David also commanded the chiefs of the Levites to appoint their brothers as the singers who should play loudly on musical instruments, on harps and lyres and cymbals, to raise sounds of joy.
—1 Chronicles 15:16
Worship is serious business.
Of the 72 verses in 1 Chronicles 15 and 16, 55 of them—more than 75%—involve organized worship of the Lord.
This is the story of the journey of the Ark of the Covenant to Jerusalem.
Well, it’s really the middle of the story. But the first part is kind of embarrassing, and the last part focuses on Solomon’s temple and not on the Ark specifically. So this is the part of the story everybody talks about.
Remember that the Ark was in Kiriath-Jearim, and David, having finally been recognized as king (1 Chronicles 11:1) following Saul’s suicide during a battle with the Philistines (1 Chronicles 10:1–7), wanted to bring it to Jerusalem, which he had just recently conquered (1 Chronicles 11:4–9).
This is a good thing! They said to themselves, “let us bring again the ark of our God to us, for we did not seek it in the days of Saul” (1 Chronicles 13:3). Seeking the Word of the Lord is undoubtedly a good idea, especially if you’ve ignored it for a while. (There are two other powerful stories in the Old Testament of forgetting and then finding again the Law of God; one with King Josiah in 2 Kings 22, and one with Ezra in Nehemiah 8. Three times in five hundred years doesn’t seem too bad—until you read what happened in between those times. Forgetting the law of God is not a good idea.)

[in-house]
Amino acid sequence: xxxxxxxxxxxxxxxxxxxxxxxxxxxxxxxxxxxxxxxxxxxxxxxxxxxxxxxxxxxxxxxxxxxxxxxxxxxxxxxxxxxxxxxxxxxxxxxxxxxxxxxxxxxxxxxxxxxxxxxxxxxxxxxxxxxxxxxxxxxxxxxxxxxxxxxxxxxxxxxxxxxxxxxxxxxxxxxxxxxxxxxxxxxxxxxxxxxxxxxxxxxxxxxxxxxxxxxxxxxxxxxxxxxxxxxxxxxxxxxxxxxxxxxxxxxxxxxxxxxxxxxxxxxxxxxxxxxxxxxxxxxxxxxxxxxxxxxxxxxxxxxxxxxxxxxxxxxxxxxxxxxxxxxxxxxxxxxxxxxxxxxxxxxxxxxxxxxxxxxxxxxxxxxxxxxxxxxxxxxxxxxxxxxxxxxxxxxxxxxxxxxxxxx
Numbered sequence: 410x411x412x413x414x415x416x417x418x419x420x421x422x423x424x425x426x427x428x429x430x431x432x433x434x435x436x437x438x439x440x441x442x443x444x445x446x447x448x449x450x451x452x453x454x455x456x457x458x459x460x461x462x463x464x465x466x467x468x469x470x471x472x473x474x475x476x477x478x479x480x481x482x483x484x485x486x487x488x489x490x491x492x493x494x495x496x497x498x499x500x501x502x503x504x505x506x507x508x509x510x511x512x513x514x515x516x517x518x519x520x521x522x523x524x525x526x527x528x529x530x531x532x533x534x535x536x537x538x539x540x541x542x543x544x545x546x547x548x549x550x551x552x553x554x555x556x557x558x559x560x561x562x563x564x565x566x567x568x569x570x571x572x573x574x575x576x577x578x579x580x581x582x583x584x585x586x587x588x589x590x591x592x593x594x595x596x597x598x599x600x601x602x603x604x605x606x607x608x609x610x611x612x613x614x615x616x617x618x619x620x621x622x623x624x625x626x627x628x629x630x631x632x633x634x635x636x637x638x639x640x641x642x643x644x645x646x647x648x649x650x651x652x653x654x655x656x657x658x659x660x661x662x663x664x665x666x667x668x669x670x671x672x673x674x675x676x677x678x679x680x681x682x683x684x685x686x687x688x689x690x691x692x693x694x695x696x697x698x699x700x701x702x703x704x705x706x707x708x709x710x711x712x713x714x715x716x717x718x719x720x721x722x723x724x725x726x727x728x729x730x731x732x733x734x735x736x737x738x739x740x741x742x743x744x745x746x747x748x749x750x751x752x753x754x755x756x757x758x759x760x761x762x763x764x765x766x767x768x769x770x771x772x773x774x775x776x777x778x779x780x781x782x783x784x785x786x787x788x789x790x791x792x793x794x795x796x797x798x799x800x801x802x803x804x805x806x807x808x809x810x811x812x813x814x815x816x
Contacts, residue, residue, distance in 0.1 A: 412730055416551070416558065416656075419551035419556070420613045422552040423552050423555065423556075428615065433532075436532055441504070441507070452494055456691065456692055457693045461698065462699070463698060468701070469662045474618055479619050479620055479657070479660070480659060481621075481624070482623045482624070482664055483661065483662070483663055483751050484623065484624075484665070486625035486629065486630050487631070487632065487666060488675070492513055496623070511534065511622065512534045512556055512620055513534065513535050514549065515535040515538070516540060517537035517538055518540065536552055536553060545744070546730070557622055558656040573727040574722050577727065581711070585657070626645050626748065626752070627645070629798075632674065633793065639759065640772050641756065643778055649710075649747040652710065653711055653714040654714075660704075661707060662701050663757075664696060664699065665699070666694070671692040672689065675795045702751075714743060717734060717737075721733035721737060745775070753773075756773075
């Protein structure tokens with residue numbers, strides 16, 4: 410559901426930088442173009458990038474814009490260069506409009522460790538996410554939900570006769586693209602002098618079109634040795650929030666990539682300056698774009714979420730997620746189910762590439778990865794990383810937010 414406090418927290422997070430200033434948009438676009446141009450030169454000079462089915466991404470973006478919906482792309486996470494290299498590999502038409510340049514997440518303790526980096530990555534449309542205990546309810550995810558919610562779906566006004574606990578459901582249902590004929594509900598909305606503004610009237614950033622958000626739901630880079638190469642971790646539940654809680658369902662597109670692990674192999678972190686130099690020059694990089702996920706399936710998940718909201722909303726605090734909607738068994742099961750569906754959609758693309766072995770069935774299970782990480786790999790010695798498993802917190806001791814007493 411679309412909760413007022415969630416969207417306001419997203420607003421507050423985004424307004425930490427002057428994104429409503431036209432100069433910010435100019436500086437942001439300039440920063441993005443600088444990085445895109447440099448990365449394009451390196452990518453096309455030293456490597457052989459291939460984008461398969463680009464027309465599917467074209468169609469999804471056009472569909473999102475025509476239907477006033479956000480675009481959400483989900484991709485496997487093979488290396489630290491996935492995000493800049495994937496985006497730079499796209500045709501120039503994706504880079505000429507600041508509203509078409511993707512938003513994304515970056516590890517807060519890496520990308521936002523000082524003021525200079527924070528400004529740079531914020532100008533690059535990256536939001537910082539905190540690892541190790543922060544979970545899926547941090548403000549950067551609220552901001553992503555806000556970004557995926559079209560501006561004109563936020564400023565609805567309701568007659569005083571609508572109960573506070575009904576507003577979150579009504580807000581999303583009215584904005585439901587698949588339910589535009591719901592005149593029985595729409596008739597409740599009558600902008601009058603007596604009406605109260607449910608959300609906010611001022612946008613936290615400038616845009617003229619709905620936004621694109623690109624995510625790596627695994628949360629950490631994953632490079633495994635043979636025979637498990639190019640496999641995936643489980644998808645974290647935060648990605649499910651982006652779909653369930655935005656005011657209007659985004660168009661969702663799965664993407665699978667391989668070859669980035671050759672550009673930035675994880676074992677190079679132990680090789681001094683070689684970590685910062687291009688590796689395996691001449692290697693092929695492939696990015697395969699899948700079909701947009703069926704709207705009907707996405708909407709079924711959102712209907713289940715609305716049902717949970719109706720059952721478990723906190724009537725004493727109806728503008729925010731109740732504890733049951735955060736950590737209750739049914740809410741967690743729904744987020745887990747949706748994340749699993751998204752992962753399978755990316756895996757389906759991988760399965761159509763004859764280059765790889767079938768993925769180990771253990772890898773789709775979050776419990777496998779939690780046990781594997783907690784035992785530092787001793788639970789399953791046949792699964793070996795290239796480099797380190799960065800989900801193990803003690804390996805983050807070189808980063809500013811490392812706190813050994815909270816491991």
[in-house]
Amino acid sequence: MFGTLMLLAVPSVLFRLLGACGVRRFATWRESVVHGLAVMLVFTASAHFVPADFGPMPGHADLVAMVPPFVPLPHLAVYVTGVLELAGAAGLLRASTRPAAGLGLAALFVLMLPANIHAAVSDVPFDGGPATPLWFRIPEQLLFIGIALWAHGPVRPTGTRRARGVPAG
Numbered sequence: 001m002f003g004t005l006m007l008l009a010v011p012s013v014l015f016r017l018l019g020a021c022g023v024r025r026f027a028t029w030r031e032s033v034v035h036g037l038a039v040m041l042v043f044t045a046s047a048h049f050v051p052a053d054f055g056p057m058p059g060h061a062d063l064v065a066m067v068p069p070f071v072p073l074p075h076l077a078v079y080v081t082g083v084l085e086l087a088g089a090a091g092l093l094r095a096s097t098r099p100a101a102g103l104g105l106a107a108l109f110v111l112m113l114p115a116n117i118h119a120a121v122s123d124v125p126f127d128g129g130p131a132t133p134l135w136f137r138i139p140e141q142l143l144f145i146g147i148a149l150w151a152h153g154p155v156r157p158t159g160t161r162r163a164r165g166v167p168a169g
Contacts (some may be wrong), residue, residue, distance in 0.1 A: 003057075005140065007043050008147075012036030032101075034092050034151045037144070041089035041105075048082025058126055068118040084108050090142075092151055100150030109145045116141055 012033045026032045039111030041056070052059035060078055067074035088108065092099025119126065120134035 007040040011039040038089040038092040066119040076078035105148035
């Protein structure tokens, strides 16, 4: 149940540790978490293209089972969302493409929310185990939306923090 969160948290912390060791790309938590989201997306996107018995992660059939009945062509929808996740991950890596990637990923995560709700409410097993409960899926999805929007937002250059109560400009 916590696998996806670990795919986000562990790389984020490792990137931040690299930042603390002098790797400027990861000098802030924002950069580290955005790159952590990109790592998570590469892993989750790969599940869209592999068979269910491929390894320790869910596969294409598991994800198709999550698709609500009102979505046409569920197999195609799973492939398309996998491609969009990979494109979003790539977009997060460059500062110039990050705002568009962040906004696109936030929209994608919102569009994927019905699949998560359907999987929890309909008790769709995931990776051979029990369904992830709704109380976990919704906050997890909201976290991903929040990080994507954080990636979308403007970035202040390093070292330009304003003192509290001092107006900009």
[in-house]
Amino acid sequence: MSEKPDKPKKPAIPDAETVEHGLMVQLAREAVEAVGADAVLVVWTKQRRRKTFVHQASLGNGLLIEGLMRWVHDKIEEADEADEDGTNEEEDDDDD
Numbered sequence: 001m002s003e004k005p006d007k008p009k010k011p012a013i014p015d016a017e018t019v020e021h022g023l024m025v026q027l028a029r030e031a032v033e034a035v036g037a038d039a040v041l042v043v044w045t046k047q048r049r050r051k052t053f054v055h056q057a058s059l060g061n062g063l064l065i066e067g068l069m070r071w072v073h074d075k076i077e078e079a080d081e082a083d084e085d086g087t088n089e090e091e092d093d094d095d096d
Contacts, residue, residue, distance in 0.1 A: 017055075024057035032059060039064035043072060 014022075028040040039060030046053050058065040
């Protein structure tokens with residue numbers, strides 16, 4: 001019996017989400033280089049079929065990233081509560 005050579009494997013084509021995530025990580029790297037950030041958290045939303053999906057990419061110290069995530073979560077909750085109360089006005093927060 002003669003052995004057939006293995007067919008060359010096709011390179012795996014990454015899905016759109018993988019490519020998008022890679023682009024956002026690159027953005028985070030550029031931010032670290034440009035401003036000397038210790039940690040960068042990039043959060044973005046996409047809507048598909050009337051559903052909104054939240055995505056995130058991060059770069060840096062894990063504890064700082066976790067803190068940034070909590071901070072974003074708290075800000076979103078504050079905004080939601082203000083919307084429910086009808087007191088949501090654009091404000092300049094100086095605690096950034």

So, blatantly ignoring the law of Moses, they packed it on an oxcart as if it were somebody’s luggage and they set off to deliver it.
This did not go well.
They get to the threshing floor of Chidon, and the oxen stumble, the cart tumbles, and one of the men responsible for the cart, Uzzah, reaches out to stablize it. God immediately strikes him dead, as He promised He would (Numbers 4:15).
David is angry, and probably embarrassed. This was a day of celebration, and “all Israel” is there. They have priests and musicians gathered. This is a triumph for David, God’s anointed king bringing God’s covenant to God’s city. Or at least, it was supposed to be.
So David gets angry, names the place after Uzzah, and leaves the ark with a man named Obed-Edom, who will show up again later.
Weirdly, things kind of continue without interruption, as if this giant procession hadn’t just completely, embarrassingly, failed.